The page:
The FASB and SEC have released a flurry of regulatory changes that will broadly affect accounting and finance. Get answers to to some of the most critical questions about these updates in this Q&A guide.
With the release of the new pay ratio disclosure rule by the SEC, companies are now required to disclose the ratio of their CEO’s total annual compensation to that of the median employee. But how do companies determine the compensation of the median employee?
In March 2016, the FASB issued their finalized revisions to ASC 718. In this Issue Brief we review the different areas of the revisions and analyze how companies can tackle adoption.
Performance pay, compensation design, and proxy disclosures were some of the the key themes discussed at the March 23 chapter meeting of the National Association of Corporate Directors in Tempe, AZ.
Executive stock ownership guidelines are gaining more attention as companies seek to align the interests of their executives with those of shareholders. This report, published by Equilar and featuring commentary from Equity Methods and others, examines trends and components of executive stock ownership guidelines employed by Fortune 100 companies.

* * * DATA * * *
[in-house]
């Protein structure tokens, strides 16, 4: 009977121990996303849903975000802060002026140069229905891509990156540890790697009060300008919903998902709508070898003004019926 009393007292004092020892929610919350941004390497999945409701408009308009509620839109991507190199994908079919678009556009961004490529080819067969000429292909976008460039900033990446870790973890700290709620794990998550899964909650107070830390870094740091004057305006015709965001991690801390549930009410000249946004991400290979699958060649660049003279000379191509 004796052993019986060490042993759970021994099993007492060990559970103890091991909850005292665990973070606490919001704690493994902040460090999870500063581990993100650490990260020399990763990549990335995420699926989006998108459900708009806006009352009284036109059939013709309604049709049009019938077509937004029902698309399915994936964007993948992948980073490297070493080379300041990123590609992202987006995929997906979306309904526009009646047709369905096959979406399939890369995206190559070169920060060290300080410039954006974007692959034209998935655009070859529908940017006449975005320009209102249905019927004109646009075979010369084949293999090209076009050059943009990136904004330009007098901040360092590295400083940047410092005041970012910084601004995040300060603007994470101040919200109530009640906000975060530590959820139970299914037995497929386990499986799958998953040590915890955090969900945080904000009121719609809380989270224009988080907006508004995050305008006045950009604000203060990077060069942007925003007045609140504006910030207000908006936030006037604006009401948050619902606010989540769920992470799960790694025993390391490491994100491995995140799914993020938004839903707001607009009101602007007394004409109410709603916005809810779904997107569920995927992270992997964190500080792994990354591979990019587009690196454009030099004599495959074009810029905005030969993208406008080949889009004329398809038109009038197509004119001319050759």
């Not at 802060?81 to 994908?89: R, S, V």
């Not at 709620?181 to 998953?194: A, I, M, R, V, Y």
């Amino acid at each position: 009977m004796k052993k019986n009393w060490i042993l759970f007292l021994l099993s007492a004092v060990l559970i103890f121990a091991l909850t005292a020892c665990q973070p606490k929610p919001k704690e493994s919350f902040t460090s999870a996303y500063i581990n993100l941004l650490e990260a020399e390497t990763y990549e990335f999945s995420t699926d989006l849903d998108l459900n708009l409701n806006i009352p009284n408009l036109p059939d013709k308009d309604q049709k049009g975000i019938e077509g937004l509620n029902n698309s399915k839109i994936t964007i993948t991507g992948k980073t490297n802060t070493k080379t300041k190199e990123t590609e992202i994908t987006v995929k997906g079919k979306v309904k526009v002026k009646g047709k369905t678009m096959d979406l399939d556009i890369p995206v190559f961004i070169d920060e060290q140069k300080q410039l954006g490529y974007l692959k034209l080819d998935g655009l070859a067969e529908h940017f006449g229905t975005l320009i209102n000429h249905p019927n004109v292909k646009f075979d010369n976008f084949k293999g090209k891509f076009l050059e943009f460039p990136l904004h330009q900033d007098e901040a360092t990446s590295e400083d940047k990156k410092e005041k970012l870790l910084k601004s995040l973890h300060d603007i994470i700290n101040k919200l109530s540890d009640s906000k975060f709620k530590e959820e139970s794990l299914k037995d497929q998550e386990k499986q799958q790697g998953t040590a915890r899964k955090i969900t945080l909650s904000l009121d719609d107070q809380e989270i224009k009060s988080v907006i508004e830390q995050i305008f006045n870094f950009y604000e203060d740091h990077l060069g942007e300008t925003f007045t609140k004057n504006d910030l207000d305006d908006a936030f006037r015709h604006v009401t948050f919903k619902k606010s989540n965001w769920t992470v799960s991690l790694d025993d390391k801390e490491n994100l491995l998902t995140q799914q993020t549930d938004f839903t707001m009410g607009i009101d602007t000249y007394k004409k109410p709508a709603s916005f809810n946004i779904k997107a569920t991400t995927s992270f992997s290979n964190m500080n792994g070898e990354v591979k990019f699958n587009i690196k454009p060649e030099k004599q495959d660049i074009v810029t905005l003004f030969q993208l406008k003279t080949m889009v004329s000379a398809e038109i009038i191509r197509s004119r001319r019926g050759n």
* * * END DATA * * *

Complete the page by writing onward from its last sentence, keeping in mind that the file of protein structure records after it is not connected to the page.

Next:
In this blog post, we report on our preliminary experience in developing CEO pay ratio calculations since the SEC’s release of the final rule in August 2015. We share some of the surprises we encountered, along with best practices as the FY 2017 go-live date approaches.
Relative total shareholder return (TSR) awards are part of many long-term incentive programs. With their rapid rise in popularity have come growing murmurs that they don’t work. What are some ways to capture the benefits of a TSR award while mitigating its weaknesses?
What happens when you finalize an award design, only to discover the metrics were based on generally accepted accounting principles (GAAP) that have changed?
Today’s compensation committee expects better justification of performance-based grants. To formulate supportable targets and payouts, many organizations are turning to a new technique called “distribution fitting.”
Calculation of total shareholder return (TSR) seems fairly straightforward. But many have discovered otherwise, thanks to grant agreements that are full of unique features or fail to spell out the calculation method in adequate detail.